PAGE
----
Women are making their mark in the Rioja wine business. Here are four examples of outstanding winemakers and company managers.
In Rioja, winemaking, management, sales and marketing have traditionally been almost exclusively a man’s world. However, women in Rioja have broken through the glass ceiling and currently make several of Rioja’s most iconic brands as well as manage some of the most prestigious estates.
Elena Adell (Pernod Ricard Winemakers Spain)
“Campo Viejo was built as a sustainable winery, even though 25 years ago, no one talked about sustainability.”
Adell is the Chief Winemaker at Pernod-Ricard Winemakers Spain, with total responsibility at the group’s three Rioja wineries: Bodegas Campo Viejo, Bodegas AGE and Ysios, as well as Bodegas Tarsus in Ribera del Duero.
She is an Agronomist Engineer with 37 years of experience in Rioja. When we asked her what changes she has seen in Rioja during this time, Adell was clear. “There have been many technological advances in winemaking, but above all in viticulture. When I started working here, there were no winemakers in Rioja vineyards. People thought that work began in the winery. Today vineyards are the key. We manage some 7500 hectares of vineyards all over the region, around 11% of the total vineyard area in Rioja. We have an intimate knowledge of Rioja vineyards and we put that knowledge to work in our winemaking philosophy.
Our way of working, however, is the same for Campo Viejo, where we vinify around 16 million kilos of grapes, as it is at Ysios, where we work with 150.000 kgs of grapes. Control, rigor, and attention to detail are exactly the same.”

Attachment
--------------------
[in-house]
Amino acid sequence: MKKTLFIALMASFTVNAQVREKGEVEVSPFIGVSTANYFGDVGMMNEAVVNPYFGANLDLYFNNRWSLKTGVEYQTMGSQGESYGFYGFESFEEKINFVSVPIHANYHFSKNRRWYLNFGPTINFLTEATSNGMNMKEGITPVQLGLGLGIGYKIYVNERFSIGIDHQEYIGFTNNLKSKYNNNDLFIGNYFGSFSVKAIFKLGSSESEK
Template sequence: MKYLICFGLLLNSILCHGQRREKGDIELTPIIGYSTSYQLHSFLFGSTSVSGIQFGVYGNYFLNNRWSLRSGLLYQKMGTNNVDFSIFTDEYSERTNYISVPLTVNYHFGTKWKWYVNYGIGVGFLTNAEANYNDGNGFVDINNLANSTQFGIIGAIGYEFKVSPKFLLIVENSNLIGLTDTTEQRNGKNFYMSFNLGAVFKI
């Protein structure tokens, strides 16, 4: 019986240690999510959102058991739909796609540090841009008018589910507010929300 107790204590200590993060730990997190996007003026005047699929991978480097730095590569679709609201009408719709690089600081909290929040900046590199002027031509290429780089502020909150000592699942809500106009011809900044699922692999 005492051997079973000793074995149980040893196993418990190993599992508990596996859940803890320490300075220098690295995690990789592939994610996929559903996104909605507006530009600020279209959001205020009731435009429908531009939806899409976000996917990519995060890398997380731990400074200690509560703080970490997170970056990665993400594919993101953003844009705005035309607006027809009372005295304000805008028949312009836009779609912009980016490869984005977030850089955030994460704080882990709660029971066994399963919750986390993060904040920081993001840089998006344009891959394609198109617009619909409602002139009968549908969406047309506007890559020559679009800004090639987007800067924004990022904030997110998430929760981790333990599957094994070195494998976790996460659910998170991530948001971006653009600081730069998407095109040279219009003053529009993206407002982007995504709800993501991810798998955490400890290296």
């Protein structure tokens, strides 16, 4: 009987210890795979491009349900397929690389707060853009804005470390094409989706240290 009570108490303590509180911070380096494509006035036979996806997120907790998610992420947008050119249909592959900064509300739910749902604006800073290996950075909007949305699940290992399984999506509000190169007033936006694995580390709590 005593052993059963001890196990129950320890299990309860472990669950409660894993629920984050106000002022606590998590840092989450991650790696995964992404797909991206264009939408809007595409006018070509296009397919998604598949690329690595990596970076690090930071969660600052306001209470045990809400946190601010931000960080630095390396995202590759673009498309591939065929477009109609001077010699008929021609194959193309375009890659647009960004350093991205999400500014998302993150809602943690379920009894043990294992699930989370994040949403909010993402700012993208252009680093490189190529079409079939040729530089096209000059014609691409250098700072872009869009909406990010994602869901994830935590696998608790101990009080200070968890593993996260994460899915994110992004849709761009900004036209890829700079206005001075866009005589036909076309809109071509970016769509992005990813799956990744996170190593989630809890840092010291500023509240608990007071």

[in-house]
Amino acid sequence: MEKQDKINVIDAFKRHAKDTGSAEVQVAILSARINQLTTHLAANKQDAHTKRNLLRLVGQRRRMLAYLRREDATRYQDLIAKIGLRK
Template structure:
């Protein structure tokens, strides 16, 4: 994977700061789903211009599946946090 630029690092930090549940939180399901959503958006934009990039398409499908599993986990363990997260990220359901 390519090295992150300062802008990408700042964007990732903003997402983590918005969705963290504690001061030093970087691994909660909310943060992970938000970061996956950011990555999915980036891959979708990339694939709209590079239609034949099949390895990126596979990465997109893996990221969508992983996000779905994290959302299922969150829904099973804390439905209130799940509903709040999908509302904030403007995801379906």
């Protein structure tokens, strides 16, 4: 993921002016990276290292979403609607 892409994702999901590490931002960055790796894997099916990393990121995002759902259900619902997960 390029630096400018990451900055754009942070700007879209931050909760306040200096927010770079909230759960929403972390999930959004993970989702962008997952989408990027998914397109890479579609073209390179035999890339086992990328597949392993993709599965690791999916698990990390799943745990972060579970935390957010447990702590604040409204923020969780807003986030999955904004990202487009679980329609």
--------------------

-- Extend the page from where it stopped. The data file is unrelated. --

The current Campo Viejo winery, built on a hill on the outskirts of Logroño, is a model of sustainability, although no one at the time used the word. The winery is mostly underground, covered by native plants to blend into the surroundings. Inside the winery, energy consumption is kept at a minimum, with energy, water and waste reduction working groups measuring output against goals.
Says Adell, “In our vineyards, we strive to farm with minimal intervention. We test techniques in our own vineyards to show the growers whom we work with that they can grow grapes in a minimally invasive way. Our goal is for all the grapes to arrive at our wineries with zero residue.”
When we asked Adell about the current state of affairs in Rioja, she was clear. “The wine trade is under threat globally. Consumption in the best of cases is stable and it seems that there is a global movement to demonize the consumption of alcoholic beverages. Wine is different, with an important cultural component. I remember when I was young, there would always be a glass or two with a meal, just like there was a bowl of fruit, vegetables, meat, or fish on the table. Wine in moderation is healthy.”